Stratasys attended the Inside 3D Printing Conference in its San Jose, California, incarnation. This traveling 3D printing conference hosted many top industry people, including Stratasys chairman Scott Crump, and included speeches, networking events and cool demonstrations of 3D printing technology.
The show drew large crowds, particularly from local Silicon Valley sources and from Latin America where the interest in 3D printing is acute. Main attendees of the conference included representatives from universities, resellers, service bureaus, Google, and the petroleum industry plus bloggers and tech writers, teachers and engineering students. Many were interested in learning to use 3D scanning tools to create digital parts, rather than drawing up a part with CAD software. Other attendees were interested in learning better ways to operate their 3D printers to get the most out of them.
Stratasys’ ability to 3D print in rubber-like materials, courtesy of its inkjet-based PolyJet technology, proved to be a real crowd pleaser, together with our ability to 3D print complex parts in one build and the minimal amount of waste generated during the 3D printing process.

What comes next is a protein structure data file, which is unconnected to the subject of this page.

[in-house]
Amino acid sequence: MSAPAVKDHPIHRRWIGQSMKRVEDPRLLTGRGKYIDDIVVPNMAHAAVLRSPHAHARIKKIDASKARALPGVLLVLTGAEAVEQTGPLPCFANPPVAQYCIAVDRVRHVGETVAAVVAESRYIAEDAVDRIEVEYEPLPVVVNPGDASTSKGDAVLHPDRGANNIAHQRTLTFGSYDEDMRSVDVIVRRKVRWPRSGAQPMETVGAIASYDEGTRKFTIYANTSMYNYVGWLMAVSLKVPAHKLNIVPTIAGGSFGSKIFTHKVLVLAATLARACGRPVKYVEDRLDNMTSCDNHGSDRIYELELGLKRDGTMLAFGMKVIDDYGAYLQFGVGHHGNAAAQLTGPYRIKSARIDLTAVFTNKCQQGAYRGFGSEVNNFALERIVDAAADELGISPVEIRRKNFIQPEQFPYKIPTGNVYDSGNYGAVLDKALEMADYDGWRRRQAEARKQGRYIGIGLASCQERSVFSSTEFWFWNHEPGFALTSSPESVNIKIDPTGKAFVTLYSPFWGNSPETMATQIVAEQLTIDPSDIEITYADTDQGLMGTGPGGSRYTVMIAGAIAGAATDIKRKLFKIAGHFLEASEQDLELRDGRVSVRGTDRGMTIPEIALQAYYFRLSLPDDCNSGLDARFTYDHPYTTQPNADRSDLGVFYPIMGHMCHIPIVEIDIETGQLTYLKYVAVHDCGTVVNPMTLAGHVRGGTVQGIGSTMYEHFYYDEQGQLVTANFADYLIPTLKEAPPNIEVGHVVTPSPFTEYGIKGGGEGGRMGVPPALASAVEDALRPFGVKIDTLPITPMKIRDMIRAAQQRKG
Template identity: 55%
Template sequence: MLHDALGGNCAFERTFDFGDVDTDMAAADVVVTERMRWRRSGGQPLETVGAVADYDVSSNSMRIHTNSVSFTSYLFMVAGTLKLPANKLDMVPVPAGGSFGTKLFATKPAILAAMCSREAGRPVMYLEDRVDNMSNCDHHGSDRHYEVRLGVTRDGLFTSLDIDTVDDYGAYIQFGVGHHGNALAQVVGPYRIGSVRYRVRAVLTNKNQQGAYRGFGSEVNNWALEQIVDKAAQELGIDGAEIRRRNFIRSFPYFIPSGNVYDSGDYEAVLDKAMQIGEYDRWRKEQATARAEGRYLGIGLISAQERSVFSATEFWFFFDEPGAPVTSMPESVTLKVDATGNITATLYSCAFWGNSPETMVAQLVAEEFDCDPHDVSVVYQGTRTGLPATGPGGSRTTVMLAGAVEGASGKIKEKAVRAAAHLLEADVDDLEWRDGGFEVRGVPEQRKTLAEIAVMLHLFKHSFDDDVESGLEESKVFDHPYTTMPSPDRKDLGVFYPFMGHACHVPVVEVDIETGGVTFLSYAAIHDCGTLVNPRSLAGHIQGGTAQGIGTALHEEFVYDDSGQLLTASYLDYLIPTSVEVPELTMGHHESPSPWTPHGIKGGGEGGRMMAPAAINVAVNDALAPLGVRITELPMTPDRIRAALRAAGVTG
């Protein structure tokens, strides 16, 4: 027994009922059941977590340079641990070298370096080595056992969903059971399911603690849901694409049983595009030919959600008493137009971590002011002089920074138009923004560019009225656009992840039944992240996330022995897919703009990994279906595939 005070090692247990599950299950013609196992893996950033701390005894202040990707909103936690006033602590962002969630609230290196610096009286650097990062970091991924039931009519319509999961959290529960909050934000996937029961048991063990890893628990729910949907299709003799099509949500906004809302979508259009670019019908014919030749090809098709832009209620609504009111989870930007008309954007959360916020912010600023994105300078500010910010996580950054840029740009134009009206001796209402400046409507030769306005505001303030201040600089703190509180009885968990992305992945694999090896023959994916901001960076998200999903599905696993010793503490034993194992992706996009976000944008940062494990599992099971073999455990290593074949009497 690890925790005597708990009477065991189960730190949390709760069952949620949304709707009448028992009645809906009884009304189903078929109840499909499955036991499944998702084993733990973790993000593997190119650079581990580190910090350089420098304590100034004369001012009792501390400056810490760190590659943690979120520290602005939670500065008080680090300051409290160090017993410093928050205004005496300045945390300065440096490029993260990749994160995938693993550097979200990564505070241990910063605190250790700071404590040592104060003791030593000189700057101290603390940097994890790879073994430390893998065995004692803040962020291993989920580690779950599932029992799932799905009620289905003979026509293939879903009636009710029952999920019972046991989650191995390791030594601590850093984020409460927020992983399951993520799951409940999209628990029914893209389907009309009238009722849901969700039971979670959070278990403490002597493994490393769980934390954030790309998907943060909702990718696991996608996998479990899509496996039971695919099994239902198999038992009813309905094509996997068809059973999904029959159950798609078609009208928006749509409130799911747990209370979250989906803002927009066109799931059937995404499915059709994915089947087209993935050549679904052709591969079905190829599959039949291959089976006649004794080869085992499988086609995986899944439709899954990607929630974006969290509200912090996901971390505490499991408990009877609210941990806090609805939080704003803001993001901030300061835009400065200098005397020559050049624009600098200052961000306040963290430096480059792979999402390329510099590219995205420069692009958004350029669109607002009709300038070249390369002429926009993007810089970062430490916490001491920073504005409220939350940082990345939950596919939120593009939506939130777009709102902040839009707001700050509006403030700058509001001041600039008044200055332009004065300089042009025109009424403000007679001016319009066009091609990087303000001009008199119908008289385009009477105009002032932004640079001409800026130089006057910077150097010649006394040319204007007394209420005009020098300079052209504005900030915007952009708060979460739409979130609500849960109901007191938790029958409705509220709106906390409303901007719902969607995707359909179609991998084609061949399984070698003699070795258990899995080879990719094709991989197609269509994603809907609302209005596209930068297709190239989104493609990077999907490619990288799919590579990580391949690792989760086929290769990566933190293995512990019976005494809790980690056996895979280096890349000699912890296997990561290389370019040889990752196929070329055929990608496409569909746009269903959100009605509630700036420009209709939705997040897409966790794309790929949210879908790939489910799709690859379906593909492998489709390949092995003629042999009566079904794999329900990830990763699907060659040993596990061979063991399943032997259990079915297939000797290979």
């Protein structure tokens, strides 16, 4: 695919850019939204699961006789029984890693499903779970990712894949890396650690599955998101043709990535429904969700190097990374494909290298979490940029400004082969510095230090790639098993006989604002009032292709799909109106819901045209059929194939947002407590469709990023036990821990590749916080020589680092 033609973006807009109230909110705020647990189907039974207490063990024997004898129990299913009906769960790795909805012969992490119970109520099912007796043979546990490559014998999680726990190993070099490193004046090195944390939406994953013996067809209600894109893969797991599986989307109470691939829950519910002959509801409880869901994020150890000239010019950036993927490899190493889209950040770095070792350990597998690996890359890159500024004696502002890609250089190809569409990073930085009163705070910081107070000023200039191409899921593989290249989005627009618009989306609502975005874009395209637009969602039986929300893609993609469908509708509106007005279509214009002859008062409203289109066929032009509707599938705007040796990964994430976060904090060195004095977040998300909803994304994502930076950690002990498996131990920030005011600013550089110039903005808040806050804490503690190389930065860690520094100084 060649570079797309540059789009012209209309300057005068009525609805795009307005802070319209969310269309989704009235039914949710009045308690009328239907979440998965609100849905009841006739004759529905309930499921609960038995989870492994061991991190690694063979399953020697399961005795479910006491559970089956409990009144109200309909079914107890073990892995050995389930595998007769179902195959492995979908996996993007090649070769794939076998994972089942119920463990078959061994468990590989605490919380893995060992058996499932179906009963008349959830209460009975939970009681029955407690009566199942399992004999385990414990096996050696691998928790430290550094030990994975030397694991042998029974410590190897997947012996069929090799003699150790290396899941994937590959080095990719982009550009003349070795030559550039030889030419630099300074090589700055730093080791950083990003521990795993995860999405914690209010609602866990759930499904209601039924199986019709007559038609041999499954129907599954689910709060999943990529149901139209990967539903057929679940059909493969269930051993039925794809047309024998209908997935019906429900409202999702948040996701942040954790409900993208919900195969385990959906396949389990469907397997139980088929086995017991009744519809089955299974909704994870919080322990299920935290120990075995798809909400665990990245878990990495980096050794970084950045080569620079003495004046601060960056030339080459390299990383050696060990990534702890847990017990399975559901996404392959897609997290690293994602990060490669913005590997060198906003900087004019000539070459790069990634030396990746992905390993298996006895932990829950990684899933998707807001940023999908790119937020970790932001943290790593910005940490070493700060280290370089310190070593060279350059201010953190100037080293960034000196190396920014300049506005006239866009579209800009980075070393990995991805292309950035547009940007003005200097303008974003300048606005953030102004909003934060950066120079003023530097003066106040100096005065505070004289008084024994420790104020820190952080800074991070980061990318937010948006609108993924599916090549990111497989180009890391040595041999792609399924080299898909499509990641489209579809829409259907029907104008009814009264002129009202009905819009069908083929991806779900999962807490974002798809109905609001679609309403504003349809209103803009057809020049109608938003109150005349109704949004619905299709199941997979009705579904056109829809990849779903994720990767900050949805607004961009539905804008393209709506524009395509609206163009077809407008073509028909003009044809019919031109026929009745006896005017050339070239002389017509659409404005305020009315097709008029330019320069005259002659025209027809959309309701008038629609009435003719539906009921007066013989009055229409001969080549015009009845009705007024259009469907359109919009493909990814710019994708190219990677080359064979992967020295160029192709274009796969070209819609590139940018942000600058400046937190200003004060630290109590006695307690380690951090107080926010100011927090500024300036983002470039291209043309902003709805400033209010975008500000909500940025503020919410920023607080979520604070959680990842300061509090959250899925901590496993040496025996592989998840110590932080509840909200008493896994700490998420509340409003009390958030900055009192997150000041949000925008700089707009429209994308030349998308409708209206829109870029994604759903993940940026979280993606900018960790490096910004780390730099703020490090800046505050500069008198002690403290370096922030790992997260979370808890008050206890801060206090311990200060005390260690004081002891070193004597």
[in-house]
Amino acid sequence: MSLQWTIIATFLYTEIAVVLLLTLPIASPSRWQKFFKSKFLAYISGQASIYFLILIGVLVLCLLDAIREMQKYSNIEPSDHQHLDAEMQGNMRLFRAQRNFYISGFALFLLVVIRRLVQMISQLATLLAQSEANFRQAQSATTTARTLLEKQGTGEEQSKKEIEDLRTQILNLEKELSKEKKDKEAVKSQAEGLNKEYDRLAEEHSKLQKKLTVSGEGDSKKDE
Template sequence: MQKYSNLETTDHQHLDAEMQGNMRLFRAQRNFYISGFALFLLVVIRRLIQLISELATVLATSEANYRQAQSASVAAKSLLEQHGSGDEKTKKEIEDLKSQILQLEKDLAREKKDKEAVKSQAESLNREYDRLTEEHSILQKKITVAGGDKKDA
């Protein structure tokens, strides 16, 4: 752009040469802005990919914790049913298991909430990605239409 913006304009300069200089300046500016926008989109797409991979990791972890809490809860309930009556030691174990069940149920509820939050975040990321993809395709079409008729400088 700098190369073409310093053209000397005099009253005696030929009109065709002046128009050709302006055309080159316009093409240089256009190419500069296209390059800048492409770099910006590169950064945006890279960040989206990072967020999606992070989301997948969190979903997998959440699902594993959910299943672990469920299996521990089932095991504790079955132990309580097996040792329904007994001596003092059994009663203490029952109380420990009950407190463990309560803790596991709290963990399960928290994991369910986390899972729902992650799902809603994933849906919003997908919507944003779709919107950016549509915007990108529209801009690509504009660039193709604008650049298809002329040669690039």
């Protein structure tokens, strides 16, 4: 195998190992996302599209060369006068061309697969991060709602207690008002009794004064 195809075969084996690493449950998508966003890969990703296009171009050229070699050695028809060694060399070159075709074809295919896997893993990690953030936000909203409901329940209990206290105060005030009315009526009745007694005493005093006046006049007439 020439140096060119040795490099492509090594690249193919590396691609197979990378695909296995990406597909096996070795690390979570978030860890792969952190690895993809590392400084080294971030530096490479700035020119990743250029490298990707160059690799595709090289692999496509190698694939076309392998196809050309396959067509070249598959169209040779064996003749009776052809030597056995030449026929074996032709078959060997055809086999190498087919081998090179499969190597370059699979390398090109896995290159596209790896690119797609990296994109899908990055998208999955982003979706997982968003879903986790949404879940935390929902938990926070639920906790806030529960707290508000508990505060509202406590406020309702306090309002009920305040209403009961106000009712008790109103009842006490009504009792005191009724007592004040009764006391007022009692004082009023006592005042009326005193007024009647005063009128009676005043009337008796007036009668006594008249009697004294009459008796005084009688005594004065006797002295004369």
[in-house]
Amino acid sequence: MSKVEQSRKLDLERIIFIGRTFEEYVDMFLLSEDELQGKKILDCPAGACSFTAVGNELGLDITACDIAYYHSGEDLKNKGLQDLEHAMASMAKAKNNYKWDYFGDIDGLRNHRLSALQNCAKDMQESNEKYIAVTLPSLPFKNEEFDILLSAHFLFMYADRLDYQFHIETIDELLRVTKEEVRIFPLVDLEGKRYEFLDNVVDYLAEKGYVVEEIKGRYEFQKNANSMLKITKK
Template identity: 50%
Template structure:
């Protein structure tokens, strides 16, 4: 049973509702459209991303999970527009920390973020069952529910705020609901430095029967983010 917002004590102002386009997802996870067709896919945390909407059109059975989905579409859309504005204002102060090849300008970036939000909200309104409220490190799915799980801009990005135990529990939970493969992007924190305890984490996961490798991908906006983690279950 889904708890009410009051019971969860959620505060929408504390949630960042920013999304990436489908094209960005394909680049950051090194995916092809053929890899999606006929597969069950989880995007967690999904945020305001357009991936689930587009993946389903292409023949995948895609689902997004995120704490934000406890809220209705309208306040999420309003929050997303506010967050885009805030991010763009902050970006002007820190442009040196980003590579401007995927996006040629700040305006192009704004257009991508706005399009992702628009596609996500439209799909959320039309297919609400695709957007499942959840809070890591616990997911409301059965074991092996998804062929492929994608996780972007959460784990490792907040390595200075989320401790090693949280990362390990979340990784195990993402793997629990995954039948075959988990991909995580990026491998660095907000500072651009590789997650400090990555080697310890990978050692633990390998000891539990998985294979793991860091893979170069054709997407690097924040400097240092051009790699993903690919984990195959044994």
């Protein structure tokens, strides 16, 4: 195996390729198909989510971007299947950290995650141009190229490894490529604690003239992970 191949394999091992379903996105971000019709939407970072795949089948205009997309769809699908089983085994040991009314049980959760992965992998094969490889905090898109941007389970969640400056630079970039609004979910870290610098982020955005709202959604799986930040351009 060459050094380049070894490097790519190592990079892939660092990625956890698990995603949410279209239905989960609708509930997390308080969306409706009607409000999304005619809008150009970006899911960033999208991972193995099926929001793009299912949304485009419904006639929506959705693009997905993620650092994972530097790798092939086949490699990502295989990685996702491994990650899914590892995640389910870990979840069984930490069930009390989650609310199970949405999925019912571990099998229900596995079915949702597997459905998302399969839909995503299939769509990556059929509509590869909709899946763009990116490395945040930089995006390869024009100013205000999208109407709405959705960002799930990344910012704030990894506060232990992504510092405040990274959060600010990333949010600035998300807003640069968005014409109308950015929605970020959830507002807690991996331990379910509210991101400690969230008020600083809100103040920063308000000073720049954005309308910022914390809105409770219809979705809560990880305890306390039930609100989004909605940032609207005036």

The display room resembled a small “Comic Con,” mixed with a hacker space and LEGOLAND. There were colorful models of every shape, 3D printed action figures, body parts, and gadgets, jewelry and home décor. The eclectic collection, which included kites, gear rings, vases and earrings, blew peoples’ minds as they entered and inspired wonder upon exit.
There were many models that resembled human faces but none were quite as realistic and impressive as the Stratasys model. Made from PolyJet rubber-like TangoPlus material, the 3D printed flexible, painted model even felt like a real face!
Across from the Stratasys booth was a company called Made In Space, looking to make one small extrude for 3D printers, one giant tool path for the 3D printing industry. Funded by a government SBIR grant, they are planning on sending a 3D printer to the International Space Station in 2014 to 3D print in zero gravity. We got to see some of their zero gravity models that they test 3D printed during a zero-gravity flight provided by NASA’s Flight Opportunities Program.
It was great to see what’s going on in the 3D printing world! So much innovation is happening – stay tuned for more progress.